Above the mudbank was a bridge, which led me into a dungeon, the entrance of which was a huge statue of the face of an orc. Few steps in, I saw a junction with a jet of flame and an entrance to a treasure vault. Entering the vault killed me immediately. A red herring or a puzzle?

Continuing my quest forward, I found a helmet, which had a lamp, but no fuel nor wick. I also discovered a crucifix. I know, this is a similar anachronism, as the cross in the previous game, but at least it will be useful against undead, the game says. Getting further in the caves, I entered dark caverns, and because I yet had no light source, I had to turn back.

I then mapped the countryside outside the dungeons.

Part of the countryside

Going counterclockwise from the stone bridge, I found:

  • A field of poppies. If I tried to go any further, I fell asleep and died. The field had also a dried seed pod. Waving, throwing or even just examining it let out seeds, which made loud explosions.
  • A circle of monoliths, which was occupied by Rakshasa (Indian demons - yes, the game is getting very far from Tolkien). Their leader challenged me to a dice contest. If I accepted, I failed and died. If I did not, I was killed anyway.
  • In the southern tip of the game was an infinite grass field, which led nowhere.
  • North of the grass field was a place where I was said to be below a tower, but there was no way to climb to the tower.
  • Below small mound was a nest, which was occupied by a bloated yellow bird
  • At the eastern end, there was a forest, which was apparently the same one the hero had went through in the manual. How do I know that? Because once I went there, I was zapped by another sleep spell. This time I got killed.
  • At one edge of the forest were two sleeping giants who blocked my way to a clearing. The place also had a large tree, which I could climb up. On a branch, I found a berry.
  • Finally, there were stepping stones to an island where a young girl was standing. When I walked to the island, the girl started to sing. Actually she was a siren, and I got killed.
I am happy to say that a number of these puzzles had quite logical solutions. I began by attempting to use those exploding seed everywhere. They managed to scare off the bloated bird, and in its nest I found a jade egg.

Never trust a poppy field

Giants were also easy to handle. If I just dropped something on them from the tree, they woke up and started bickering among one another who had teased the other. Leaving the place, they left the road to the clearing free, and I could find a belt there. Wearing it made me apparently stronger.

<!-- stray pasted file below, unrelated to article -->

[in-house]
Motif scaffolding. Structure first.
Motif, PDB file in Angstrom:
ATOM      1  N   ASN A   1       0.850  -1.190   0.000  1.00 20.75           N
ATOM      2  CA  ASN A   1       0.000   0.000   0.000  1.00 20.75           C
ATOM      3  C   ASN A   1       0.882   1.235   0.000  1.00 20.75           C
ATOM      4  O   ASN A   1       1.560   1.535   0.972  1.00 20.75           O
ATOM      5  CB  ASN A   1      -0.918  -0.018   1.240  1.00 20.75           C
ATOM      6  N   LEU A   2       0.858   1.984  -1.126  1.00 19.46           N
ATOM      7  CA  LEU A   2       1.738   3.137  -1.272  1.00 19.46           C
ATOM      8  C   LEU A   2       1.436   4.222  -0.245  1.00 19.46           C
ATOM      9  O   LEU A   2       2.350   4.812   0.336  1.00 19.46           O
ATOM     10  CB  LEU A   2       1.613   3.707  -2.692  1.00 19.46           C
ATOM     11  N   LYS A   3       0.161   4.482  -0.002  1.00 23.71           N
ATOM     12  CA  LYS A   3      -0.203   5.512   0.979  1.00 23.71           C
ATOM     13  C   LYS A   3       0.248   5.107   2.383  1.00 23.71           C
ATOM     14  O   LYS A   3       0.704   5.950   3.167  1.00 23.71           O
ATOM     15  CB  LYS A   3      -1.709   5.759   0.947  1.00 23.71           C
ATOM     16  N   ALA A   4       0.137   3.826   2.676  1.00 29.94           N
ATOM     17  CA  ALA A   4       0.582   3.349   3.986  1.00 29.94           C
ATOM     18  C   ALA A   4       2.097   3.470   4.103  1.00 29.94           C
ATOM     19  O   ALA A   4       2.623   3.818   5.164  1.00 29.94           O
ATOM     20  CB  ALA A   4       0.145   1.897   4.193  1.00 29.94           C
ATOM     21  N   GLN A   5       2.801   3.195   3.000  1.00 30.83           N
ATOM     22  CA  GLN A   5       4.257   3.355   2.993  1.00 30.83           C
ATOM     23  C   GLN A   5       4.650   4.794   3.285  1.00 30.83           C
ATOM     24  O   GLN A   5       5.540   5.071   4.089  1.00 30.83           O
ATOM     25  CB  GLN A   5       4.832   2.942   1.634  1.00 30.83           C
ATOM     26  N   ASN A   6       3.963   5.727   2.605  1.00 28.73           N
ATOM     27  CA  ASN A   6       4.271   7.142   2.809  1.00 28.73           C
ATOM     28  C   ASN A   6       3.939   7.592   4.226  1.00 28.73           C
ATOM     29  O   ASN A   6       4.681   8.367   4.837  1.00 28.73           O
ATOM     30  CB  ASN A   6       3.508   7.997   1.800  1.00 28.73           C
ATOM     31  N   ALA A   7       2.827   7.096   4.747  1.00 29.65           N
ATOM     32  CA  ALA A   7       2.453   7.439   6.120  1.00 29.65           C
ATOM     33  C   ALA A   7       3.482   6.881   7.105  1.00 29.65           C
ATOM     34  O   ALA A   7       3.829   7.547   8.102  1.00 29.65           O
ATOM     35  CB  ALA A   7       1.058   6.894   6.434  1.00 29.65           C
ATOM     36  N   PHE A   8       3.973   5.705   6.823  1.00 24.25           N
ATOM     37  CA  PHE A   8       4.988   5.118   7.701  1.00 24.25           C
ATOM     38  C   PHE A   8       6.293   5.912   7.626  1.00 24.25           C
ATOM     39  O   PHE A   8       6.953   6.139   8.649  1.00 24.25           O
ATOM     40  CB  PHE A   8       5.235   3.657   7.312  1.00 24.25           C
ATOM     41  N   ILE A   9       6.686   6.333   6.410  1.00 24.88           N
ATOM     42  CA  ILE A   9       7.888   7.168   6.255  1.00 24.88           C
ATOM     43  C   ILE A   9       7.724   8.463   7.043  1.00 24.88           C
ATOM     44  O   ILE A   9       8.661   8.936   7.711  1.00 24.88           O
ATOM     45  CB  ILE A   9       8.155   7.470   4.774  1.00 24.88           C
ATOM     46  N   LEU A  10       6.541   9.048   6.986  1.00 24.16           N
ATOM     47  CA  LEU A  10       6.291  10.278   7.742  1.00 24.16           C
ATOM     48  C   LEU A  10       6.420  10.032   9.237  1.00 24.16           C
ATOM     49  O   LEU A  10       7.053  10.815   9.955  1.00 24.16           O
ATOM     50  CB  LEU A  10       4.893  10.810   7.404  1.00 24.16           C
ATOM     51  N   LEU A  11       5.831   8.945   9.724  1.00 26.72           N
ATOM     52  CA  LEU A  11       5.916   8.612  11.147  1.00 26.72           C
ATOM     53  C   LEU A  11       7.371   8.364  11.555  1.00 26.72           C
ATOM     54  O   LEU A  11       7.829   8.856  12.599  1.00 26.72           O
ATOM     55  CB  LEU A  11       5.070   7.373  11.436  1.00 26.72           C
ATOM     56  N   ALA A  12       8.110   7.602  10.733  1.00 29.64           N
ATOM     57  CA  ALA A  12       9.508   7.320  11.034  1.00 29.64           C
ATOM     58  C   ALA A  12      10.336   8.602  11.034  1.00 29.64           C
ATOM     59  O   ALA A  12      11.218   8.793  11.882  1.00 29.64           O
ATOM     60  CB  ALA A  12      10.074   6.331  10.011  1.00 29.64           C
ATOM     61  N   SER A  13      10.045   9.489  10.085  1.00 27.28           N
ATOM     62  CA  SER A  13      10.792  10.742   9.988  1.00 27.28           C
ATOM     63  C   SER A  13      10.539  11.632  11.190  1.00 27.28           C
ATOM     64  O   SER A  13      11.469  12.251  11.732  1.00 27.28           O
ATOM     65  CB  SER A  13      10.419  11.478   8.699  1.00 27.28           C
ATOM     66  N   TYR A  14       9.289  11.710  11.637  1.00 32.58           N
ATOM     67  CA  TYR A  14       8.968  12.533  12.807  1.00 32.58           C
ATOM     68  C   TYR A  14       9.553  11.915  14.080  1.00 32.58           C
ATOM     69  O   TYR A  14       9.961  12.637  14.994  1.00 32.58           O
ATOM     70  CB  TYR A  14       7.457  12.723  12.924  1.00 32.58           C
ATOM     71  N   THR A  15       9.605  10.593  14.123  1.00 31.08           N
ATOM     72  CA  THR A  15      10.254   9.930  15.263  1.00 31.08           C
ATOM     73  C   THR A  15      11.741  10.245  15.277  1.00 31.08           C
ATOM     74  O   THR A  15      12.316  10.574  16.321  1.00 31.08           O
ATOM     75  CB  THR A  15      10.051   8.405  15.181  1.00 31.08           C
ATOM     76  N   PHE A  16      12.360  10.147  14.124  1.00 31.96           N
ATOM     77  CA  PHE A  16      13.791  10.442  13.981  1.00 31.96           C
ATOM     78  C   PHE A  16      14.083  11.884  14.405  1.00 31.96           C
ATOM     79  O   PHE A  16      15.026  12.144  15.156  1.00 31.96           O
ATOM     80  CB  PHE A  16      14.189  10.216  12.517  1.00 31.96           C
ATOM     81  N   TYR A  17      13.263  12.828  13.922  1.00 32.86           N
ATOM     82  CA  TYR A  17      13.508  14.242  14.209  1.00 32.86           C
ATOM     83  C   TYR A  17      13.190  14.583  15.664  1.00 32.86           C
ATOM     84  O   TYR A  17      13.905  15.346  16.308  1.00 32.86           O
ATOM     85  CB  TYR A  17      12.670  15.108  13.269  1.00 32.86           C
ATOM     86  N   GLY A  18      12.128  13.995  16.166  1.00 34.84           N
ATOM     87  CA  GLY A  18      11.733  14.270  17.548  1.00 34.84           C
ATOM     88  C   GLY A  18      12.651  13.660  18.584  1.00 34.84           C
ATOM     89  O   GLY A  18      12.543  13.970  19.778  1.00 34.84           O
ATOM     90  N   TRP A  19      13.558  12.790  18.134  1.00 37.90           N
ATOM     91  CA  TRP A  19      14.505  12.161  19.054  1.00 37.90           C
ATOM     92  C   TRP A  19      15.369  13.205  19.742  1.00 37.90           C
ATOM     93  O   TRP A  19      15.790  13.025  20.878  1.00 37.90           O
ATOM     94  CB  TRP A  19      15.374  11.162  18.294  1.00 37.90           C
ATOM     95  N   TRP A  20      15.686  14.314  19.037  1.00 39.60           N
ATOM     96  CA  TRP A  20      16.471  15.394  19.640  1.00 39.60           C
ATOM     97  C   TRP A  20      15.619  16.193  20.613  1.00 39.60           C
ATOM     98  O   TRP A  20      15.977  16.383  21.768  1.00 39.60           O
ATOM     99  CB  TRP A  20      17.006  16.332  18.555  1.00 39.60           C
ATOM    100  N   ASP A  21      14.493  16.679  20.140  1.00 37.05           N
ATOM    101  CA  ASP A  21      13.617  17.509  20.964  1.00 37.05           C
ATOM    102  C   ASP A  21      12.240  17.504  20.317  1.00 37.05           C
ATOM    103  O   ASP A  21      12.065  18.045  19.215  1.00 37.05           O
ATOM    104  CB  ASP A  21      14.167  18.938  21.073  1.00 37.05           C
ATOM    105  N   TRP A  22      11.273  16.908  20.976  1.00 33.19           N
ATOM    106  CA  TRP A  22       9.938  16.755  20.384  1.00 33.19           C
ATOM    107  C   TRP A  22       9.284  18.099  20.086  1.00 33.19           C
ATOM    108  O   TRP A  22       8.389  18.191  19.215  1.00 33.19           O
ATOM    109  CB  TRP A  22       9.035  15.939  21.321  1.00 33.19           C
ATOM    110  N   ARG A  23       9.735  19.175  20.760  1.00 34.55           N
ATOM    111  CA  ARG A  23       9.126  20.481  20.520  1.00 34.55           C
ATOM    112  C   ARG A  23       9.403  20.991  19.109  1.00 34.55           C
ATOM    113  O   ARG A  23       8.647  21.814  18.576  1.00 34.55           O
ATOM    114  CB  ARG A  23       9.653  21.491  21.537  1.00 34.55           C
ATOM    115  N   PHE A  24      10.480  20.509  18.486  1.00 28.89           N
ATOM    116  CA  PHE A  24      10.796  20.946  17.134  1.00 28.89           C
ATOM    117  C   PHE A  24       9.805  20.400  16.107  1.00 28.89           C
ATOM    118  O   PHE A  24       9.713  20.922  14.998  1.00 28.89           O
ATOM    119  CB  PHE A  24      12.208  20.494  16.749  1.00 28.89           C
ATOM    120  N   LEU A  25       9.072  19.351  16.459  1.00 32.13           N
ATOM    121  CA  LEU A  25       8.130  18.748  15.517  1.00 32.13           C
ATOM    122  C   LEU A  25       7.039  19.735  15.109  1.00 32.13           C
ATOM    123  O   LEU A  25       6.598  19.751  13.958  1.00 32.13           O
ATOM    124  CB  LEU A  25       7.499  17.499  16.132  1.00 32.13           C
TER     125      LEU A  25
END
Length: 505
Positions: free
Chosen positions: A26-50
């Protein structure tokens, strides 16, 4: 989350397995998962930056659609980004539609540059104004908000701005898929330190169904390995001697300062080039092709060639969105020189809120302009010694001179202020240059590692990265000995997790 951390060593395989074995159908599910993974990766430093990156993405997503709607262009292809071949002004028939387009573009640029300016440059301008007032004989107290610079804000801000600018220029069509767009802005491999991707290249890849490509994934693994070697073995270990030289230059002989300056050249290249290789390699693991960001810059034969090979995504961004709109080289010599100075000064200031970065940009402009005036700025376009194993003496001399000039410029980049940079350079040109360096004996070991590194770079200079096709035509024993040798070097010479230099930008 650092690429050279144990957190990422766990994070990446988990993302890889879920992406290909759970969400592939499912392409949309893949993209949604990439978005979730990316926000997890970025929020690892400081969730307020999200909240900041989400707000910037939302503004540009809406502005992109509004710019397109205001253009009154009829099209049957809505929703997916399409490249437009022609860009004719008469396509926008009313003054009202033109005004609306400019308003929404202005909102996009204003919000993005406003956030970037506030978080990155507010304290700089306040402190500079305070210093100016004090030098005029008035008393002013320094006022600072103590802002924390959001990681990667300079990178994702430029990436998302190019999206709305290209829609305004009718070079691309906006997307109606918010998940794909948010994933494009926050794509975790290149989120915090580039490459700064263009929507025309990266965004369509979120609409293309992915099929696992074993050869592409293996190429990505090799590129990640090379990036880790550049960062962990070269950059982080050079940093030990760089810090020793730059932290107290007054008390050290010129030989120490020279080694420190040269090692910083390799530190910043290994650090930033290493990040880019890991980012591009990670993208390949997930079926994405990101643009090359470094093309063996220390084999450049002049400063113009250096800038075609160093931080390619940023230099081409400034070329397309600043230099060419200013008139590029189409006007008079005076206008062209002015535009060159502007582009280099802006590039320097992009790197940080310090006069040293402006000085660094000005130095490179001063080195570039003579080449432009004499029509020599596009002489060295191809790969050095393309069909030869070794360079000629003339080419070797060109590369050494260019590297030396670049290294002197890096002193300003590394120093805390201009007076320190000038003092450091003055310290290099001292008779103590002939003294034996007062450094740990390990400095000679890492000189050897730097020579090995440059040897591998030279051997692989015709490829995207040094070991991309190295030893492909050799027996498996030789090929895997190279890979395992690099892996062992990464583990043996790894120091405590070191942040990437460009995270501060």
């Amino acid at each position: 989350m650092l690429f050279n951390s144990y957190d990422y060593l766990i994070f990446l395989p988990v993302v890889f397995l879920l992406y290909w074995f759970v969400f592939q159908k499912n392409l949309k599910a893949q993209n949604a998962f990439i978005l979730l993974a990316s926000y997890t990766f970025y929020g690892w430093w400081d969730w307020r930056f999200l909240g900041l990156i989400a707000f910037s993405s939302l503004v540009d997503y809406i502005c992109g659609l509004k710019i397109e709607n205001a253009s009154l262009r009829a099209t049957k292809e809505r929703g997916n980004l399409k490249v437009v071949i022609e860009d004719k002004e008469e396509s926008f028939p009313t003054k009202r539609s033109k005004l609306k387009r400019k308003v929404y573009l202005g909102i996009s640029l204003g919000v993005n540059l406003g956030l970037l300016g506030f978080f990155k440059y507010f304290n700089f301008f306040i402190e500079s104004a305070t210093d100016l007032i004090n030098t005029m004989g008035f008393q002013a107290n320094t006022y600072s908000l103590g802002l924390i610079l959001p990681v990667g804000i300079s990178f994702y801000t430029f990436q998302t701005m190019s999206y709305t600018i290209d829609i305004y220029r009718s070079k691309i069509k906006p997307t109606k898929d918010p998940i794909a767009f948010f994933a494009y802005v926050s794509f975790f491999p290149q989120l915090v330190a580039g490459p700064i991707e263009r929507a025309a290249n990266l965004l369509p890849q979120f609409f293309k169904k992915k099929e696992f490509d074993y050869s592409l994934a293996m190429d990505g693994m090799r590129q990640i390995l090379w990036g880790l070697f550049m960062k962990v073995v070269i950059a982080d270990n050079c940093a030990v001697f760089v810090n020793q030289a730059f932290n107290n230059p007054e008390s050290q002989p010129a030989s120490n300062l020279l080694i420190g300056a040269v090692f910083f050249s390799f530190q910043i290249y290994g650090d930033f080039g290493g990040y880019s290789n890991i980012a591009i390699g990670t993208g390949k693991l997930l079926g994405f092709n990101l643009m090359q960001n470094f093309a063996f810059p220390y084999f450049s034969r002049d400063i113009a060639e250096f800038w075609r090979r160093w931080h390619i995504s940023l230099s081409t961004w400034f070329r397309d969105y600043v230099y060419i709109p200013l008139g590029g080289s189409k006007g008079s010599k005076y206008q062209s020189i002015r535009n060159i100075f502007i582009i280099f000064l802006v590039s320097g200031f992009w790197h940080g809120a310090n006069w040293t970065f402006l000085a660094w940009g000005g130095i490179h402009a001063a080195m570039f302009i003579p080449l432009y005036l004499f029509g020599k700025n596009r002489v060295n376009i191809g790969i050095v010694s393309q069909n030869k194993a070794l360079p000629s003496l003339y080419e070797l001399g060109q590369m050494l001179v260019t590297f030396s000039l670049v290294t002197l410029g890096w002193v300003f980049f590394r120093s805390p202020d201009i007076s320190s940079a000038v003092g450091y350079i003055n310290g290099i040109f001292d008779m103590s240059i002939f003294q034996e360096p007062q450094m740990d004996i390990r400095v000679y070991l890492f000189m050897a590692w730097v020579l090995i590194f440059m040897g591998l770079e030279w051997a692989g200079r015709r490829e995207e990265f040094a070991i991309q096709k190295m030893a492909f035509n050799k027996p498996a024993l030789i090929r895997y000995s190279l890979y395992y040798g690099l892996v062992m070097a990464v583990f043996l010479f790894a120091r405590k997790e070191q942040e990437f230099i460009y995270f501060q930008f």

For the next puzzle, I had some help from my daughter. You see, she has this lovely tendency of sneaking behind my couch, when I am playing, and then suddenly jumping up and blowing a whistle or shouting straight into my ear, just for the fun of it. Yes, loud noises do make ears ring for a while, I thought, and I then remembered the story of the sirens. Could the loud noises made by explosive seed make my ears ring so much that I couldn't hear siren's song? Indeed they could. Having temporarily deafened myself, I could walk to the island, and siren ran away, leaving behind a mirror that could reflect anything.

The game doesn't want me to go to river, since there's piranhas in it

Within the island, I found a willow tree that I couldn't approach, because its branches backed me away. If I threw anything at it, it would catch the item with one of its branches. All I had to do then was to use enough items to occupy all its arms.

Near the tree, I found an axe. When I tried to use it to cut the willow down, a beautiful dryad appeared and asked me to spare the tree. Well, actually she needn't have done that, since the axe was too blunt to cut the willow down. Anyway, I agreed and she gave me a beautiful carving, while at the same time asking the willow to drop my stuff down.

It doesn't really look like a willow
Note that I have changed the font colour to red

Next puzzle I figured out more through luck than anything else. I happened to walk into the forest with the vandalizing sleep speller, when my newly gained mirror reflected the spell back to its source. The bandit ran away and left behind some coins, a magic wand covered with Z-symbols (probably the sleep spell wand) and loaded dice.